All that said, The Nun is still an enjoyable horror movie. A crumbling convent in the middle of a Romanian forest is the perfect setting for a story like this, providing a rich, dark atmosphere. Despite the cheesy CGI, there are still plenty of well-done and unpredictable jump scares. Lastly, the cast is excellent. Taissa Farmiga (sister of The Conjuring and The Conjuring 2 lead Vera Farmiga) is no horror novice herself, and she shines in the role of Sister Irene, giving a likable and compelling performance. Jonas Bloquet is entertaining as Frenchie, providing enough levity without being just comedic relief, managing to portray a genuine, sympathetic character. Demian Bichir is fine as Father Burke; he’s not bad, but he’s not exactly memorable either, besides an unintentionally hilarious entrance in a flashback scene that cracked up my friend and me.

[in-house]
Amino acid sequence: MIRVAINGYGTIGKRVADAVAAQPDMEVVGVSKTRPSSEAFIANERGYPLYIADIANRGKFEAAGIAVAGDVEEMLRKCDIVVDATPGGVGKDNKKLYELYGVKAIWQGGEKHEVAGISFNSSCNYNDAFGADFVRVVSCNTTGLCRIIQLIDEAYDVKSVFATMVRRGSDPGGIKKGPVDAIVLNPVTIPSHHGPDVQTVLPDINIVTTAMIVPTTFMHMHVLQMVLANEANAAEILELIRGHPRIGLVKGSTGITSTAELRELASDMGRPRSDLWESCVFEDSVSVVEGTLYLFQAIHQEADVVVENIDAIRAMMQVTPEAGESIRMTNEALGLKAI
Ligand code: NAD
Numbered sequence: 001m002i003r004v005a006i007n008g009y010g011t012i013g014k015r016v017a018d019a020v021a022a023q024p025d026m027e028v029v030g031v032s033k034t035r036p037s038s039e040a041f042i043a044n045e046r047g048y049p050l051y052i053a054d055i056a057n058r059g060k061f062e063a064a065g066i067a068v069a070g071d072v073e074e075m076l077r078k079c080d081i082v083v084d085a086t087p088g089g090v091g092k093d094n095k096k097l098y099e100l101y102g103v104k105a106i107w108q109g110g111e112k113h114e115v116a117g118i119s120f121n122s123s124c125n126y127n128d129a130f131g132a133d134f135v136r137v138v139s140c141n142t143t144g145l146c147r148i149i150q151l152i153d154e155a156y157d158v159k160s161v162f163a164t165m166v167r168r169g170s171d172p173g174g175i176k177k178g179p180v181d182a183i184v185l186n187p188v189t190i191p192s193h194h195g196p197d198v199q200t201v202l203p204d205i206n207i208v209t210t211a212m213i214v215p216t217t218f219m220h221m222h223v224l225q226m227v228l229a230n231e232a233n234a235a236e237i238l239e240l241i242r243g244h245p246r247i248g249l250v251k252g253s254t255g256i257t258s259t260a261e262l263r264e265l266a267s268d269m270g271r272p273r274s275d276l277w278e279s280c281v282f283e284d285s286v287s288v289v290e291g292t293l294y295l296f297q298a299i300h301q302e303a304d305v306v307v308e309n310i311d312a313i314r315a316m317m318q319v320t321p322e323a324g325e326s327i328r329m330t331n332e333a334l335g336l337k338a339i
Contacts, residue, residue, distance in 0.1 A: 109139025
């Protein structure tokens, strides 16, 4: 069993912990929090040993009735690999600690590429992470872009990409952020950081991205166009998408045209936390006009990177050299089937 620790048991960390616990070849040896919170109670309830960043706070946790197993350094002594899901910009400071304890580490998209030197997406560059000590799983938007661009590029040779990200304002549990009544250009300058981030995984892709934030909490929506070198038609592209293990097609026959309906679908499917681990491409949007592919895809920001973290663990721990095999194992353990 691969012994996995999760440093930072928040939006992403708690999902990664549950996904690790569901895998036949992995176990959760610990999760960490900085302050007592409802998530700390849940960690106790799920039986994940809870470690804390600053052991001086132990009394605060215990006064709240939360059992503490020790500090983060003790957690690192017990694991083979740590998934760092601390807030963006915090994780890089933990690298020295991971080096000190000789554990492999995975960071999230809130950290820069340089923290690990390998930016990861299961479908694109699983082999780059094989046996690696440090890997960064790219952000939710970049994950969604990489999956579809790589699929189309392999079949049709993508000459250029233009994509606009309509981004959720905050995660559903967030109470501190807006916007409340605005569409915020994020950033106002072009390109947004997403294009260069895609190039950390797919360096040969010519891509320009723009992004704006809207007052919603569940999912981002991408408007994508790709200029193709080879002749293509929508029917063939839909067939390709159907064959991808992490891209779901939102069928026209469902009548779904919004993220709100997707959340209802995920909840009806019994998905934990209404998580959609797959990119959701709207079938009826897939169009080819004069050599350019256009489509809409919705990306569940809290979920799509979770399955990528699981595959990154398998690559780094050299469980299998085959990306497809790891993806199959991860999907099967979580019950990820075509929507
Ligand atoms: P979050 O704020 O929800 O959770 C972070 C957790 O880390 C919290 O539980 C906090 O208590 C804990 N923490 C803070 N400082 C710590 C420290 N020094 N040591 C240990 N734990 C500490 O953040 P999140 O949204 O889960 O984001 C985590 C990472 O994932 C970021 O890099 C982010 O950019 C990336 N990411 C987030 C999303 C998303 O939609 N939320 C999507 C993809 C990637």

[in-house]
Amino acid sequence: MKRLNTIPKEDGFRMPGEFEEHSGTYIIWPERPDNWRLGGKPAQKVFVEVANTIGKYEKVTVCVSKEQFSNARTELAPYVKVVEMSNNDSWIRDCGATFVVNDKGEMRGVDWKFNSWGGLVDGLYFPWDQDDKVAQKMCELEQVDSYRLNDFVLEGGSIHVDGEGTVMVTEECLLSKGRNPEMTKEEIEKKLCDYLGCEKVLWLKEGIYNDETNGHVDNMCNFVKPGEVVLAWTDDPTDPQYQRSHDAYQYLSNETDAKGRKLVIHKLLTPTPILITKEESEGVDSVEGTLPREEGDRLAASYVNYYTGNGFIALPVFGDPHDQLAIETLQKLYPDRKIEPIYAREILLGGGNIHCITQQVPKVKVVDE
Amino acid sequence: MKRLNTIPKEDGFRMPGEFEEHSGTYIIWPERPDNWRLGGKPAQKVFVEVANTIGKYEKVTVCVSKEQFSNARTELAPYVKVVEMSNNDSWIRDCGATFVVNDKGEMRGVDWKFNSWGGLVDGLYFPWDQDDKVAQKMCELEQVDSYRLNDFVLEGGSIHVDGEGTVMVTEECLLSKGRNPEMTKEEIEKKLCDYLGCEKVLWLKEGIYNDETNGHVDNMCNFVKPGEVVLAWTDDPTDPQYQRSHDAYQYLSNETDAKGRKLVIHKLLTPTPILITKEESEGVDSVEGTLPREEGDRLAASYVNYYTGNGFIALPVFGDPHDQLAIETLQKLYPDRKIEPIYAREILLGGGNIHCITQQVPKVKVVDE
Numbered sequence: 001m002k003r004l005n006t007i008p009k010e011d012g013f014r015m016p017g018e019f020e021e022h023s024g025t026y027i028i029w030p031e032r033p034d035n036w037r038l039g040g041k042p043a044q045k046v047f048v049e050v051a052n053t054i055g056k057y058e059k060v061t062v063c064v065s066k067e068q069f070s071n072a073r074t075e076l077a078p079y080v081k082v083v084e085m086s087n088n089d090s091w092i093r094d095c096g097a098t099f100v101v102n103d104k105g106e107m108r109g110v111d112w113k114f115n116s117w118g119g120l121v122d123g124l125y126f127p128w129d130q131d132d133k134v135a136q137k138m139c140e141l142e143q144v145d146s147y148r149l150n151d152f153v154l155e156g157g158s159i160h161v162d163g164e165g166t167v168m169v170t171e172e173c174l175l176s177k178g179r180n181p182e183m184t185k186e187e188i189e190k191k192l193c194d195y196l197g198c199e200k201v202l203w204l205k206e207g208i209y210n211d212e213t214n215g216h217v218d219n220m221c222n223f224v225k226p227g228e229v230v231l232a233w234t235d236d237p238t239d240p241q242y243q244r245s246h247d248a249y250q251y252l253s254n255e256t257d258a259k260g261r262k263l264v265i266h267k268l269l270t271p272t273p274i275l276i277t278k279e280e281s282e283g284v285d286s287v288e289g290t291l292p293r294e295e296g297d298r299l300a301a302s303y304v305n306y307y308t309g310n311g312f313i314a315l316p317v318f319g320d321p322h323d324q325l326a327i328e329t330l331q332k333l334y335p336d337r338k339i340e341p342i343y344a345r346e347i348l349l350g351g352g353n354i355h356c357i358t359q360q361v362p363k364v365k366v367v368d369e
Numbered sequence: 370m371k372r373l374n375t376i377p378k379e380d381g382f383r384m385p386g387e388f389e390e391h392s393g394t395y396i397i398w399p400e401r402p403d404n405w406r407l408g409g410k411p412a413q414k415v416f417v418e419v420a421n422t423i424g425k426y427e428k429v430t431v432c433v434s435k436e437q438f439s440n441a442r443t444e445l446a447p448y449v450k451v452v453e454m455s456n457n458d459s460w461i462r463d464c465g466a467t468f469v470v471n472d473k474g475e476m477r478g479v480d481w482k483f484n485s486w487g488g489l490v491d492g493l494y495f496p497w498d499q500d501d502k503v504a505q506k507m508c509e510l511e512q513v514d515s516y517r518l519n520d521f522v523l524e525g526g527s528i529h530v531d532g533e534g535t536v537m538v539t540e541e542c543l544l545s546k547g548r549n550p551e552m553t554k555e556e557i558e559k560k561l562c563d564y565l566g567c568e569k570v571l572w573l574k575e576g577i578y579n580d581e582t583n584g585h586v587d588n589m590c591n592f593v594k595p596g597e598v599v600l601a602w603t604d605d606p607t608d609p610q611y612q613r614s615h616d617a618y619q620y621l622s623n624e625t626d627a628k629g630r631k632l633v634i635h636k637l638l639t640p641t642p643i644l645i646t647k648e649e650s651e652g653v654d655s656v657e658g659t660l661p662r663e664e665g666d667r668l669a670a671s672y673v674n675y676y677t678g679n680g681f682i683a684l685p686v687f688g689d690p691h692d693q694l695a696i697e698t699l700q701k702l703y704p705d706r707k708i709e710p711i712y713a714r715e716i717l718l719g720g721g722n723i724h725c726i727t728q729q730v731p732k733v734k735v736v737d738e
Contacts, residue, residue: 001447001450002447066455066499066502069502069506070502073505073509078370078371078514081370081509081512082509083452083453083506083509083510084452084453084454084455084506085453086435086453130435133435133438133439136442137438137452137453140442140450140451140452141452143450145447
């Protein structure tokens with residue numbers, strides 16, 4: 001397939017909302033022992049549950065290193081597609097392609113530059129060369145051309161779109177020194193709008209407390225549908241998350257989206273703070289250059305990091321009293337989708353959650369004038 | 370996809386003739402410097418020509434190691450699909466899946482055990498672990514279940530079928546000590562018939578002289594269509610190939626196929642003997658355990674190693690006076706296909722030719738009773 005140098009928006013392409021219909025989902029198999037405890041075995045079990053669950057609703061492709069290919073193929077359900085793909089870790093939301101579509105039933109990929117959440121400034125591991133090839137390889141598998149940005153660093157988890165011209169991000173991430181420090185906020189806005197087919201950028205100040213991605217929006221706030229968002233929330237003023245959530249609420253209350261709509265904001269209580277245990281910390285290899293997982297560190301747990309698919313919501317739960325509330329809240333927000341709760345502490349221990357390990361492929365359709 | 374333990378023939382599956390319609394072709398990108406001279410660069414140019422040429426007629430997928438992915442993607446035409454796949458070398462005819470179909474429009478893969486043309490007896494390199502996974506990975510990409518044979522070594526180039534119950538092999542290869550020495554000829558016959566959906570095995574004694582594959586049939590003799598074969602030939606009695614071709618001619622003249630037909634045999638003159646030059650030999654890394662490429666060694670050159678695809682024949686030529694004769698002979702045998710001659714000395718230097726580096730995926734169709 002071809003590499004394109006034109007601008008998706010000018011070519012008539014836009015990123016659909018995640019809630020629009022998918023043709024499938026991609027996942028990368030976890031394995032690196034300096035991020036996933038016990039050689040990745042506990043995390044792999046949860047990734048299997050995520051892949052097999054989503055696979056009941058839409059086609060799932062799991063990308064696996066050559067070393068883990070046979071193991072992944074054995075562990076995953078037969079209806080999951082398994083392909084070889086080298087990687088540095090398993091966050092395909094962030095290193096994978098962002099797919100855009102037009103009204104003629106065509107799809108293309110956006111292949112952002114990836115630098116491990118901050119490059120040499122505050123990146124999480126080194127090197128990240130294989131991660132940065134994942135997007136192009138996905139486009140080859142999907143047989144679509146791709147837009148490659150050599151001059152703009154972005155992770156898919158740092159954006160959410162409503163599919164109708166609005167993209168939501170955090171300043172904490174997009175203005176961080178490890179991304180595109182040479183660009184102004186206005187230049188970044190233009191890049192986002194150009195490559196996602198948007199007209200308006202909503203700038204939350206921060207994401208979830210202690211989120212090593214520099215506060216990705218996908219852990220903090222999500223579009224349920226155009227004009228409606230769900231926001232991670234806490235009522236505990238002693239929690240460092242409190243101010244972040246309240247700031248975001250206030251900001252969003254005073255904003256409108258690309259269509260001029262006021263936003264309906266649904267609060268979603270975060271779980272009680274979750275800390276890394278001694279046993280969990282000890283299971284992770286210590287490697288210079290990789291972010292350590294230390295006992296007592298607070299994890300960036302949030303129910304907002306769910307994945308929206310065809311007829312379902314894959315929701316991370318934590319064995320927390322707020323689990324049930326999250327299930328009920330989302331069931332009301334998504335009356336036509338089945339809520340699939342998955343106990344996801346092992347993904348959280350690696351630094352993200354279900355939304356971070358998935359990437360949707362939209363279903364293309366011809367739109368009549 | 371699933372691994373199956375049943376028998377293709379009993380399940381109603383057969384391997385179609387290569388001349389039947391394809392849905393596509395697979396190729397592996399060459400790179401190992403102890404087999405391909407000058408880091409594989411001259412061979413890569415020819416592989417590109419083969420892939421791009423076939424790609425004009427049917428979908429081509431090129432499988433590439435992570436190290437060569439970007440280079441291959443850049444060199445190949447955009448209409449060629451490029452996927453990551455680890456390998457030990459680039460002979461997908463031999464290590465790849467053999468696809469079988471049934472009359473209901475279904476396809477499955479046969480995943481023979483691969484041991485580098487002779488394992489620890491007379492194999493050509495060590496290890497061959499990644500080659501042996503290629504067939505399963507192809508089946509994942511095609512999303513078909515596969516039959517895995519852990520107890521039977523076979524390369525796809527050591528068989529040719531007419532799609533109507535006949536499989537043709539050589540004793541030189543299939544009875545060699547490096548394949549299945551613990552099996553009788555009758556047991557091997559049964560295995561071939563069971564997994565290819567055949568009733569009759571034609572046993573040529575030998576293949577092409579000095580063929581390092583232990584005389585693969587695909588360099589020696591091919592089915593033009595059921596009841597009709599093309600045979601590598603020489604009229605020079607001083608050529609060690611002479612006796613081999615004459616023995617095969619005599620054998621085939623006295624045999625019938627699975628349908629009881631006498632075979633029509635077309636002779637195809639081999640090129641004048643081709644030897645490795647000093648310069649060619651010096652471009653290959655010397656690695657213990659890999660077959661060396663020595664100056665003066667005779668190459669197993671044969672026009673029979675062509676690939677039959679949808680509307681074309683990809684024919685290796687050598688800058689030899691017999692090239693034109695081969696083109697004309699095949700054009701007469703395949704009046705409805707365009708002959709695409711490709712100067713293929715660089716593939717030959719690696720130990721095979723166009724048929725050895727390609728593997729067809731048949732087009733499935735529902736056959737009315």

While The Nun isn’t necessarily going to be a horror classic, it’s still a decent addition to The Conjuring series, and seeing it is a nice way of kicking off the Halloween season.

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Have you seen ‘THE NUN’? Well, what did you think?